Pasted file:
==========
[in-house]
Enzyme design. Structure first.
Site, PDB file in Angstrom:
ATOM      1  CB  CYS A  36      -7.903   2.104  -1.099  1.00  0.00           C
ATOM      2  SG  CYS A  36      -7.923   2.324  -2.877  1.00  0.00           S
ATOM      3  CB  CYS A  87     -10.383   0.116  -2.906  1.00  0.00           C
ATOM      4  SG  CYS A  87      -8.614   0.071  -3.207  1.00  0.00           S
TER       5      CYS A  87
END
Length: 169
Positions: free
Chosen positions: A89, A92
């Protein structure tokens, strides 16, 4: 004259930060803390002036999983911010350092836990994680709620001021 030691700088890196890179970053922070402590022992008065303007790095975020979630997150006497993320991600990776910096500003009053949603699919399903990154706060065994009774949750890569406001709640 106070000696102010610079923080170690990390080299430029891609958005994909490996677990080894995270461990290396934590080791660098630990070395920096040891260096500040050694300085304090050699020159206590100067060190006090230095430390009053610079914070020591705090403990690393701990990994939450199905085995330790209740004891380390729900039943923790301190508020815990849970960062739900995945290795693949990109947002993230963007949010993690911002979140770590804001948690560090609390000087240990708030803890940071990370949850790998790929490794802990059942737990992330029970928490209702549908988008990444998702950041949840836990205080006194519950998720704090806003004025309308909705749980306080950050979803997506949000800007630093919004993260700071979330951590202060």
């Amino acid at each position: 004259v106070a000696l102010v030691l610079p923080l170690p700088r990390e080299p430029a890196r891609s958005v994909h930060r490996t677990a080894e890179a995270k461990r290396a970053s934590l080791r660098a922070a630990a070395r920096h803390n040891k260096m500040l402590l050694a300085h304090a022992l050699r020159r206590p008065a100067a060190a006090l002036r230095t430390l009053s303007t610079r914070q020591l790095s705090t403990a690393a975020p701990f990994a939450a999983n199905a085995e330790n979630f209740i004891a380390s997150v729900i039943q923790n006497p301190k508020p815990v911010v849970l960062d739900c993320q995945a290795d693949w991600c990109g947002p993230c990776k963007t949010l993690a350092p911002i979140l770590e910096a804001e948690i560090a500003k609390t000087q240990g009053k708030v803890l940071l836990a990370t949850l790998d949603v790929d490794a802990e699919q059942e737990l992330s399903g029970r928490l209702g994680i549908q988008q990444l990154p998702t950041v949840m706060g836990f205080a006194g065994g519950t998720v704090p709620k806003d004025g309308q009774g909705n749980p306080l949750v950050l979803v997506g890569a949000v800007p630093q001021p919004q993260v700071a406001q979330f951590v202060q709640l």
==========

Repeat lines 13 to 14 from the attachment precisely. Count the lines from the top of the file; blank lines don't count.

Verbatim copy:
């Protein structure tokens, strides 16, 4: 004259930060803390002036999983911010350092836990994680709620001021 030691700088890196890179970053922070402590022992008065303007790095975020979630997150006497993320991600990776910096500003009053949603699919399903990154706060065994009774949750890569406001709640 106070000696102010610079923080170690990390080299430029891609958005994909490996677990080894995270461990290396934590080791660098630990070395920096040891260096500040050694300085304090050699020159206590100067060190006090230095430390009053610079914070020591705090403990690393701990990994939450199905085995330790209740004891380390729900039943923790301190508020815990849970960062739900995945290795693949990109947002993230963007949010993690911002979140770590804001948690560090609390000087240990708030803890940071990370949850790998790929490794802990059942737990992330029970928490209702549908988008990444998702950041949840836990205080006194519950998720704090806003004025309308909705749980306080950050979803997506949000800007630093919004993260700071979330951590202060």
């Amino acid at each position: 004259v106070a000696l102010v030691l610079p923080l170690p700088r990390e080299p430029a890196r891609s958005v994909h930060r490996t677990a080894e890179a995270k461990r290396a970053s934590l080791r660098a922070a630990a070395r920096h803390n040891k260096m500040l402590l050694a300085h304090a022992l050699r020159r206590p008065a100067a060190a006090l002036r230095t430390l009053s303007t610079r914070q020591l790095s705090t403990a690393a975020p701990f990994a939450a999983n199905a085995e330790n979630f209740i004891a380390s997150v729900i039943q923790n006497p301190k508020p815990v911010v849970l960062d739900c993320q995945a290795d693949w991600c990109g947002p993230c990776k963007t949010l993690a350092p911002i979140l770590e910096a804001e948690i560090a500003k609390t000087q240990g009053k708030v803890l940071l836990a990370t949850l790998d949603v790929d490794a802990e699919q059942e737990l992330s399903g029970r928490l209702g994680i549908q988008q990444l990154p998702t950041v949840m706060g836990f205080a006194g065994g519950t998720v704090p709620k806003d004025g309308q009774g909705n749980p306080l949750v950050l979803v997506g890569a949000v800007p630093q001021p919004q993260v700071a406001q979330f951590v202060q709640l």